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Summary:

After teasing with Android tablets in January, hardware makers are finally launching products. Three new models were announced this week and the Wi-Fi editions are priced less than Apple’s iPad. The $249 Nook Color e-reader is still a bargain and about to gain its own apps

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After seeing a number of Android tablets demonstrated in January at the Consumer Electronics Show, only one became available in the three months that followed. The $799 Motorola Xoom was priced high for many but this week saw news of at least three tablets coming soon at far lower price points. All are Wi-Fi models, so there’s no carrier contract nor monthly fee, which should also help spur consumer interest although Android for tablet use may still fall short when compared the iPad 2 experience.

ASUS kicked of the tablet price wars at the end of March by introducing the Eee Pad Transformer in the UK at £379 ($608 USD), but the 10.1-inch device is expected to launch in the U.S. with a low $399 price tag. Acer followed suit with not one, but two tablet announcements in the past few days. The A100, likely the first 7-inch slate to ship with Android 3.0, will cost £299 ($483 USD) abroad, which may equate to a price range of $299 to $349 in the U.S., while the larger A500 tablet and its 10.1-inch screen will cost $449.

Samsung too is finally making a Wi-Fi tablet by taking the mobile broadband radio out of its popular 7-inch Galaxy Tab. The device will sell for $349 and will see a storage boost to 32 GB over the 3G models. In lieu of Honeycomb, Samsung is staying with its customized Android 2.2 platform, however.

An even cheaper tablet available now, isn’t officially at tablet at all; at least not yet. Many have turned the $249 Barnes & Noble Nook Color e-reader into a tablet by rooting the device’s underlying Android operating system. It’s not a complicated process to do so, but Barnes & Noble will be making it an unnecessary one for some. The bookseller will offer a software update to the Nook Color in mid-spring that will bring third-party Android apps and other tablet enhancements to the device. The company began soliciting software from developers this week and will curate the app store through similar standards used to curate the e-book storefront.

While B&N is planning its own Android app store, Google appears to have tweaked the Android Market. According to one developer, its download numbers rapidly rose through the use of Google rewarding apps that offer greater user engagement: myYearbook jumped from #63 to #11 in the Top Free Social category on Android Market in a short time. If Google has changed its Android Market algorithm, apps that see more daily or regular usage could gain a discovery advantage.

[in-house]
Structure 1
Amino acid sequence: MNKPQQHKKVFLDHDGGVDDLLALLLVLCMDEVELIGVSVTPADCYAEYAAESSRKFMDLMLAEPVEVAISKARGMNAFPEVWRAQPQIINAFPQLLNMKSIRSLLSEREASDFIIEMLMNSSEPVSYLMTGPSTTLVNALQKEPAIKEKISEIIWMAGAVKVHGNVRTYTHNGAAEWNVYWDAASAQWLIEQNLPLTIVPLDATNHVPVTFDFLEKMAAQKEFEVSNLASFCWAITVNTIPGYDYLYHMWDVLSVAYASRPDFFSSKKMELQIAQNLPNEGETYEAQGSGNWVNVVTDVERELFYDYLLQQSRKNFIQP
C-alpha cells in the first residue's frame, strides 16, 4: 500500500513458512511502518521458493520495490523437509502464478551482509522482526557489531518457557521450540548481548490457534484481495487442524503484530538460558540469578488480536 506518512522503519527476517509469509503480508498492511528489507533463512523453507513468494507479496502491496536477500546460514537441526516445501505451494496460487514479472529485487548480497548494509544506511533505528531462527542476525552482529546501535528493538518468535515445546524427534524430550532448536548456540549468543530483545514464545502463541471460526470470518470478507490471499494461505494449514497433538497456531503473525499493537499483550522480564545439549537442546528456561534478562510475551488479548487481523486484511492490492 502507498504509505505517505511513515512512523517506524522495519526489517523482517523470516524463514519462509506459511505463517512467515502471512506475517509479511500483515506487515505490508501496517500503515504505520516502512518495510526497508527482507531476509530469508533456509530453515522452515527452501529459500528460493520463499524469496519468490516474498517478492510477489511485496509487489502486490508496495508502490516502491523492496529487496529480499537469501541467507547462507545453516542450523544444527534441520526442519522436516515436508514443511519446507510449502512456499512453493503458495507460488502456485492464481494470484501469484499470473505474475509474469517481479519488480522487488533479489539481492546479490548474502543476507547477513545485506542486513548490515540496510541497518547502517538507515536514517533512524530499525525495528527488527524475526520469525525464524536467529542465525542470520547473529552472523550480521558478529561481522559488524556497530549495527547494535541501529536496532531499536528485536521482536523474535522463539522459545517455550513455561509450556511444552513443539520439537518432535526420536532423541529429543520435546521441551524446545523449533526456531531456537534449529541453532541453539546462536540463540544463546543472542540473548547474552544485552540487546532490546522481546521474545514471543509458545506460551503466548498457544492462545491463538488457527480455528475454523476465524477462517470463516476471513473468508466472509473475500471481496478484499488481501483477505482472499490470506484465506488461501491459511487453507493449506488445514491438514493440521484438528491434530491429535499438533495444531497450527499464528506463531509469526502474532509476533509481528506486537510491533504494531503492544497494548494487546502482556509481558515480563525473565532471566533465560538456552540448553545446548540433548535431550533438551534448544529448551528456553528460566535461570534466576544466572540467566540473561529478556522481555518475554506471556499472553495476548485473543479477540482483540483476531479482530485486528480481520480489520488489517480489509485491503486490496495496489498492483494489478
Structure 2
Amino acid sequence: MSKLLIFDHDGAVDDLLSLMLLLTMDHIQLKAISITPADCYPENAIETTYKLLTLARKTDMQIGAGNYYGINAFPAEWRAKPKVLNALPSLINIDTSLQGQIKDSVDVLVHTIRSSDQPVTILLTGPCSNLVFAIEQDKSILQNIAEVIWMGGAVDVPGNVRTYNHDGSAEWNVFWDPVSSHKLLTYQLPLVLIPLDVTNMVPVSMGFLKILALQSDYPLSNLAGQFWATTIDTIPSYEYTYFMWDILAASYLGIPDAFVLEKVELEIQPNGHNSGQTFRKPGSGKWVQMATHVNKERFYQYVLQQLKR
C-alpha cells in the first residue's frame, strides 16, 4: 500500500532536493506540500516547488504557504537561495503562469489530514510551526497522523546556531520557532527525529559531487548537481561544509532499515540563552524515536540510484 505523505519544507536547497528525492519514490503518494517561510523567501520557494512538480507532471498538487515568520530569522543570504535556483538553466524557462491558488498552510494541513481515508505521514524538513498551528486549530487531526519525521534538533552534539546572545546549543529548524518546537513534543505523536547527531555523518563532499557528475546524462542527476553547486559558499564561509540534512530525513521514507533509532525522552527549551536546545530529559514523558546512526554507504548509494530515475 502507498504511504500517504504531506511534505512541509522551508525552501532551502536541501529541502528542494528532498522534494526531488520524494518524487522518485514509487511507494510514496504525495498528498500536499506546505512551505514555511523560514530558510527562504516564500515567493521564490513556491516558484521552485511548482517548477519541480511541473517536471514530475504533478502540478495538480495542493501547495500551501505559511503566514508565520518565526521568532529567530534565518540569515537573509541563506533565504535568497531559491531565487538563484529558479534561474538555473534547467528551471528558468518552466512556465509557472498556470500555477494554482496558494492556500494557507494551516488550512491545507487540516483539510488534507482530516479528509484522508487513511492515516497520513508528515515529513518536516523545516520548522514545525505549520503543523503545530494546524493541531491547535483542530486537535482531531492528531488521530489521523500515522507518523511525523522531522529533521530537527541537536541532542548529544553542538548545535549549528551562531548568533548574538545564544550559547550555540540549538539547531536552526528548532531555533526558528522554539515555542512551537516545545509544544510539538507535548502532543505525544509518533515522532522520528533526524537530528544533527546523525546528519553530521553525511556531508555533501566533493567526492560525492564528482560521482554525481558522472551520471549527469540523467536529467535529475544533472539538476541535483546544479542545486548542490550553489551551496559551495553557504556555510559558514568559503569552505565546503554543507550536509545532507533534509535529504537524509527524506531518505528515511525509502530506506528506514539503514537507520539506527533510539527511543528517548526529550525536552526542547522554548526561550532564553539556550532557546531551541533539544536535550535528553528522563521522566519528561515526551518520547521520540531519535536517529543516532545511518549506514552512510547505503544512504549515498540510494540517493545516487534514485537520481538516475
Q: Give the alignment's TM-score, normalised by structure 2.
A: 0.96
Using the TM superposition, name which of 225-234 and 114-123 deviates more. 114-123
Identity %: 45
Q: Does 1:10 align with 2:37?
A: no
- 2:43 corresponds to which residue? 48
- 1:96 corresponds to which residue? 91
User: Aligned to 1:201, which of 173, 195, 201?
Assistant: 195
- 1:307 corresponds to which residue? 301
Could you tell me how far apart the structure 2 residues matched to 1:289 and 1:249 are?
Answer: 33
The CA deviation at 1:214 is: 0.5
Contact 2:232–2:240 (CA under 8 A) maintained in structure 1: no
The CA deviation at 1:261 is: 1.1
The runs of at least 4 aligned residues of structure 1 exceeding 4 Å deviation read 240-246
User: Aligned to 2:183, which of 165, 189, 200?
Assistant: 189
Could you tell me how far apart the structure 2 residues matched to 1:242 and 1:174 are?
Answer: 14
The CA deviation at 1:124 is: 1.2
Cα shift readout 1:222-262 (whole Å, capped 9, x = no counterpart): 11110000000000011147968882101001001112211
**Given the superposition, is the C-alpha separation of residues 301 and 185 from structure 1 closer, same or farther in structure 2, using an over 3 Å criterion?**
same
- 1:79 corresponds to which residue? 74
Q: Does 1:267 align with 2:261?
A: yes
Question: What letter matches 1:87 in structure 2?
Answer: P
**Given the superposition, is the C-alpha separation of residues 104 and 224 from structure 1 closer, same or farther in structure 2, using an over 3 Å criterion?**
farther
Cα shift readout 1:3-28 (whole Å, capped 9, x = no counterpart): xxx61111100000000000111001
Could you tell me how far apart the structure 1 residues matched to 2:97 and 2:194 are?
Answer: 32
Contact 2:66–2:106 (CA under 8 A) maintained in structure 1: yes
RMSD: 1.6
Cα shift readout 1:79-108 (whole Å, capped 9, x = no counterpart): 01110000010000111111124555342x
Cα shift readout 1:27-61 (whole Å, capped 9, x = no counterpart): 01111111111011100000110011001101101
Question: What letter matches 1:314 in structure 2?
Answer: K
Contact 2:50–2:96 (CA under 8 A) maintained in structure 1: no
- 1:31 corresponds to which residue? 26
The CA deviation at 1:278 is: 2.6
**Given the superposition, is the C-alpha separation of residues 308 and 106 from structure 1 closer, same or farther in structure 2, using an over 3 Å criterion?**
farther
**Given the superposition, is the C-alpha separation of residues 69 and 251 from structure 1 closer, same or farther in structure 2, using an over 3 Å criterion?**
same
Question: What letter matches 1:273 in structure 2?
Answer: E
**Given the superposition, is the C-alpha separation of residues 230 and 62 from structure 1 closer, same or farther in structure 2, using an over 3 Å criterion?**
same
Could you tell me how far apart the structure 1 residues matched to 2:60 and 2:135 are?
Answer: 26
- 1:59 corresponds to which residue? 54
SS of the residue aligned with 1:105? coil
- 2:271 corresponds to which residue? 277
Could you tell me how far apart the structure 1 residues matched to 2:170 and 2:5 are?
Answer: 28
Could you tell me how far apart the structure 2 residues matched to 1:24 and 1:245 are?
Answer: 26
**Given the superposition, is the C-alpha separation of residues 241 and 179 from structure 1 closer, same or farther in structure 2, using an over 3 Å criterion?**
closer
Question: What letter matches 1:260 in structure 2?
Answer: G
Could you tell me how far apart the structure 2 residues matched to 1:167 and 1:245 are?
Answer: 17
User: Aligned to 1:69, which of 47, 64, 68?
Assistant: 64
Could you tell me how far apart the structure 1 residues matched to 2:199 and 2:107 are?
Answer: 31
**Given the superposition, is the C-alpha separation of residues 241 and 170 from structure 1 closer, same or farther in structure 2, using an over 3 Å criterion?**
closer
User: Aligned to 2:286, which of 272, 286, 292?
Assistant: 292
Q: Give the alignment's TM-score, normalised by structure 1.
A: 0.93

1. I also see all these not so well known brands of tablets you can get now for $179.00, but with these well known brands, and of course these are better tablets. Consumers will maybe start to get interested in Android tablets. The device will work 100 times better then those $179 devices. I have both the iPad 2; which I just got last week, and my favorite tablet the SGT. The Tab works great for my use.

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  2. My rooted nookcolor, which has worked flawlessly to date. Today decided to be a brick. Was there an android push today that could have bricked my nookcolor? Suggestions on how to restore it back to original state?

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    1. go to youtube look unroot nook color basicaly you interupt the boot process 8 times by pressing and holding the power button when you see the n screen at start up

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    2. Check out XDA Developers. A couple of times mine wouldn’t turn on and I had to recharge it for a few minutes before it would start up again. If you want to go back to stock, there are stock ROMs there to help you do it.

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  3. Rather stick to my trusty Lenovo tablets. They are heavier, but will outdo the out iPad and those Android tablets. I do use my Android tablet, but only get apps from GiveMeApps.com

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  4. Kevin,

    You need to check the specs on the Samsung Galaxy Tab 7″ WiFi model. According to the Samsung website, the $349 model sports only 16 GB of memory. I heard that the 32 GB press release was a mistake that was later corrected by Samsung.

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    1. I just checked the product spec page and you’re absolutely right, the internal storage is 16 GB, not 32 GB per the product release information. Here are the full specs for those looking: http://www.samsung.com/us/mobile/galaxy-tab/GT-P1010CWAXAR-features Thanks for pointing this out!

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  5. When will I be able to get Netflix on one of these things?

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    1. As soon as Netflix works out their DRM requirements with the hardware makers. I’m expecting the app to appear for certain devices within the next few months.

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